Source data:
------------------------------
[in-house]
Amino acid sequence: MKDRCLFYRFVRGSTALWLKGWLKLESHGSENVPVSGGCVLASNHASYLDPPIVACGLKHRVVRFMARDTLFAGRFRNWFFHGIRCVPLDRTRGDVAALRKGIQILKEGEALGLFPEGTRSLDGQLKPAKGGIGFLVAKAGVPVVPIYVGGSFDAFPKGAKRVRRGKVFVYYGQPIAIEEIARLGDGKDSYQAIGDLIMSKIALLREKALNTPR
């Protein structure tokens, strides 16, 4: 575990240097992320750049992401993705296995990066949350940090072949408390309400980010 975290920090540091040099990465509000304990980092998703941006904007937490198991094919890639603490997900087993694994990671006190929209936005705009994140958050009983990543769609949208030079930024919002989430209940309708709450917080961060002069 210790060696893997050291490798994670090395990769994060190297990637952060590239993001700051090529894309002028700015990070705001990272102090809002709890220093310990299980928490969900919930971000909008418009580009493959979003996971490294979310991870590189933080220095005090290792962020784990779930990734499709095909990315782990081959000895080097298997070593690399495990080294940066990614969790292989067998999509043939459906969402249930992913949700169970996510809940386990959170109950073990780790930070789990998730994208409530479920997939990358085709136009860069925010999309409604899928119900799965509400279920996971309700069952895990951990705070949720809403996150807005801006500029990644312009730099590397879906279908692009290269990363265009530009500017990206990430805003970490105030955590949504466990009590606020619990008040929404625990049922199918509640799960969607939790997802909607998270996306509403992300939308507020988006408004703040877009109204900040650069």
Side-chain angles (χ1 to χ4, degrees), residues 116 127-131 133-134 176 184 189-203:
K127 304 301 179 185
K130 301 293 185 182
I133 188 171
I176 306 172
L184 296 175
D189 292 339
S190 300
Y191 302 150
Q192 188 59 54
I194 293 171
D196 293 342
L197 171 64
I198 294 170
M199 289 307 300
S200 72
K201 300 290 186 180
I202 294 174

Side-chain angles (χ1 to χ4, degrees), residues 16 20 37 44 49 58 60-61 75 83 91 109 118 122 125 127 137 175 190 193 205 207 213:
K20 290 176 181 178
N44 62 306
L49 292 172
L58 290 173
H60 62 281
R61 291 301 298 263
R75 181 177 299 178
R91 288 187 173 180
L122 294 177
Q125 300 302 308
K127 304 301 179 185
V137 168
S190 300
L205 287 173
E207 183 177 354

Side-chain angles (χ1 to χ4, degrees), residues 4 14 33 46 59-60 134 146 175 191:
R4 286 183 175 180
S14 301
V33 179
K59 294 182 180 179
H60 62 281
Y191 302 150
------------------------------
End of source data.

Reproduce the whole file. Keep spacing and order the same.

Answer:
[in-house]
Amino acid sequence: MKDRCLFYRFVRGSTALWLKGWLKLESHGSENVPVSGGCVLASNHASYLDPPIVACGLKHRVVRFMARDTLFAGRFRNWFFHGIRCVPLDRTRGDVAALRKGIQILKEGEALGLFPEGTRSLDGQLKPAKGGIGFLVAKAGVPVVPIYVGGSFDAFPKGAKRVRRGKVFVYYGQPIAIEEIARLGDGKDSYQAIGDLIMSKIALLREKALNTPR
């Protein structure tokens, strides 16, 4: 575990240097992320750049992401993705296995990066949350940090072949408390309400980010 975290920090540091040099990465509000304990980092998703941006904007937490198991094919890639603490997900087993694994990671006190929209936005705009994140958050009983990543769609949208030079930024919002989430209940309708709450917080961060002069 210790060696893997050291490798994670090395990769994060190297990637952060590239993001700051090529894309002028700015990070705001990272102090809002709890220093310990299980928490969900919930971000909008418009580009493959979003996971490294979310991870590189933080220095005090290792962020784990779930990734499709095909990315782990081959000895080097298997070593690399495990080294940066990614969790292989067998999509043939459906969402249930992913949700169970996510809940386990959170109950073990780790930070789990998730994208409530479920997939990358085709136009860069925010999309409604899928119900799965509400279920996971309700069952895990951990705070949720809403996150807005801006500029990644312009730099590397879906279908692009290269990363265009530009500017990206990430805003970490105030955590949504466990009590606020619990008040929404625990049922199918509640799960969607939790997802909607998270996306509403992300939308507020988006408004703040877009109204900040650069």
Side-chain angles (χ1 to χ4, degrees), residues 116 127-131 133-134 176 184 189-203:
K127 304 301 179 185
K130 301 293 185 182
I133 188 171
I176 306 172
L184 296 175
D189 292 339
S190 300
Y191 302 150
Q192 188 59 54
I194 293 171
D196 293 342
L197 171 64
I198 294 170
M199 289 307 300
S200 72
K201 300 290 186 180
I202 294 174

Side-chain angles (χ1 to χ4, degrees), residues 16 20 37 44 49 58 60-61 75 83 91 109 118 122 125 127 137 175 190 193 205 207 213:
K20 290 176 181 178
N44 62 306
L49 292 172
L58 290 173
H60 62 281
R61 291 301 298 263
R75 181 177 299 178
R91 288 187 173 180
L122 294 177
Q125 300 302 308
K127 304 301 179 185
V137 168
S190 300
L205 287 173
E207 183 177 354

Side-chain angles (χ1 to χ4, degrees), residues 4 14 33 46 59-60 134 146 175 191:
R4 286 183 175 180
S14 301
V33 179
K59 294 182 180 179
H60 62 281
Y191 302 150